The Supreme Court of North Carolina long ago observed that “the ‘substantial right’ test for appealability of interlocutory orders is more easily stated than applied.” Waters v. Qualified Pers., Inc., 294 N.C. 200, 208, 240 S.E.2d 338, 343 (1978). As “[n]o hard and fast rules exist” for determining whether an interlocutory order affects a substantial right, North Carolina appellate courts have long analyzed whether an interlocutory order affects a substantial right “on a case by case basis.”… Continue Reading
Just a reminder that the revisions to the North Carolina Rules of Appellate Procedure have now taken effect, as of April 15. We discussed these changes at length here. Thanks to new Rule 28(h), you can now file a reply brief in every case.
This change opens up new strategic horizons. After all, you would not want to leave anything out of your principal brief if you think it might be your only chance to brief an issue. … Continue Reading
The NCBA’s Appellate Rules Committee recently updated its oral argument guides.
The only real substantive change to note in the comparison chart is that counsel can now take electronic devices like laptops and phones into the Fourth Circuit courthouse. However, these electronic devices must remain in the off position while in the courtrooms. This change was instituted because previously counsel who checked out of hotels the morning of oral arguments had to leave their valuable electronic devices outside of the courthouse or ask the security guards to hold them. … Continue Reading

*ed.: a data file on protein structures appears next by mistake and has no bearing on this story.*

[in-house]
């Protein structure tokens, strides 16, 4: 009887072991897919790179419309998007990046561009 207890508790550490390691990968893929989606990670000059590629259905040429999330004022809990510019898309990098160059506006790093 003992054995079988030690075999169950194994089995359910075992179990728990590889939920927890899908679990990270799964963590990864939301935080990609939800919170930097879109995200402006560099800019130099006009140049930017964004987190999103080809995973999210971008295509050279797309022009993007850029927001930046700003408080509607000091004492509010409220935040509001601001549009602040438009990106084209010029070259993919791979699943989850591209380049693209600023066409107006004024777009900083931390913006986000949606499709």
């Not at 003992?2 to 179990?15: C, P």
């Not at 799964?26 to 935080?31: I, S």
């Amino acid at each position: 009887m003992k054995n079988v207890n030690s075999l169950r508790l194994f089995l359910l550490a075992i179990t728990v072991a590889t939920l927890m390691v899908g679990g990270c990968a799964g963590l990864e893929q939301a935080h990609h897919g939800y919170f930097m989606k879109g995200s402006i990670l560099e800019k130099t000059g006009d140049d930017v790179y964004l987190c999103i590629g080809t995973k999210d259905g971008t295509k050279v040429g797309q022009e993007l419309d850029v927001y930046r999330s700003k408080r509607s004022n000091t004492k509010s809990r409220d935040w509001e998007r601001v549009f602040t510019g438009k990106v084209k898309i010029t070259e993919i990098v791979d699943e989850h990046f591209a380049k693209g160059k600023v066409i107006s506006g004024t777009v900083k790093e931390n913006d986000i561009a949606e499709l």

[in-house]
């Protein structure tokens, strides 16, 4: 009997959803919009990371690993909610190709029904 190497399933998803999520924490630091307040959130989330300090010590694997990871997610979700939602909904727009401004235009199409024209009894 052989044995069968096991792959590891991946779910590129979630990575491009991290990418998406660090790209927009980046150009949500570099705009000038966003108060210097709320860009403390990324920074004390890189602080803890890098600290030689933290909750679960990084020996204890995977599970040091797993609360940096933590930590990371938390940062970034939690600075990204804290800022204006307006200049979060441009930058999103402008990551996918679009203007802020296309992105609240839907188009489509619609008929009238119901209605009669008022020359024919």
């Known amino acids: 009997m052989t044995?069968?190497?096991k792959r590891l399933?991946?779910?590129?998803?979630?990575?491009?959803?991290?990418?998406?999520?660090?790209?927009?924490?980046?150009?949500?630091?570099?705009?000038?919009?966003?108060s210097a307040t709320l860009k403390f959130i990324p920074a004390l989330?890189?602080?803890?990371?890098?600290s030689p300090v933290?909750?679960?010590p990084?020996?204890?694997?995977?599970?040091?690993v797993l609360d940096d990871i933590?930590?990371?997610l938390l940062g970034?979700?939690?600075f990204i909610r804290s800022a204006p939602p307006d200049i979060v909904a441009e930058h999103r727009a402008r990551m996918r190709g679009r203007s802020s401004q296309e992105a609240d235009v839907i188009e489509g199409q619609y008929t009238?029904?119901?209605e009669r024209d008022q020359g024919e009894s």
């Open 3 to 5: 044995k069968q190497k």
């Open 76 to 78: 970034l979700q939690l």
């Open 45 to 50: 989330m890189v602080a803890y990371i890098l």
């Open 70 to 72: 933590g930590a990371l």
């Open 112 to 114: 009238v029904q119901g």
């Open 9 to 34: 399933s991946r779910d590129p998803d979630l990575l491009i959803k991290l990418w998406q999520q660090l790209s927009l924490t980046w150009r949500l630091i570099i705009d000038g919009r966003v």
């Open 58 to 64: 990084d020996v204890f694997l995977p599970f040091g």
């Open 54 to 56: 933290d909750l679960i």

Picture this: it has been two years since the last time you filed a Petition for Writ of Supersedeas in the Court of Appeals. You generally recall what to do, but you know you should consult the Rules of Appellate Procedure before filing to be sure. Oh, and the Appendixes to the Rules. And also any case law interpreting the Rules. … Continue Reading
The North Carolina Appellate Rules Committee is comprised of lawyers and judges. The committee strives to improve the appellate process in North Carolina by, among other things, submitting proposed amendments to the appellate rules and preparing style manuals and guides for appellate lawyers. Three of this blog’s authors were recently re-appointed to the Appellate Rules Committee. Congratulations to:
- Allison Van Laningham
- Beth Scherer
- Matt Leerberg
In addition, Beth Scherer is the incoming chair of the committee.… Continue Reading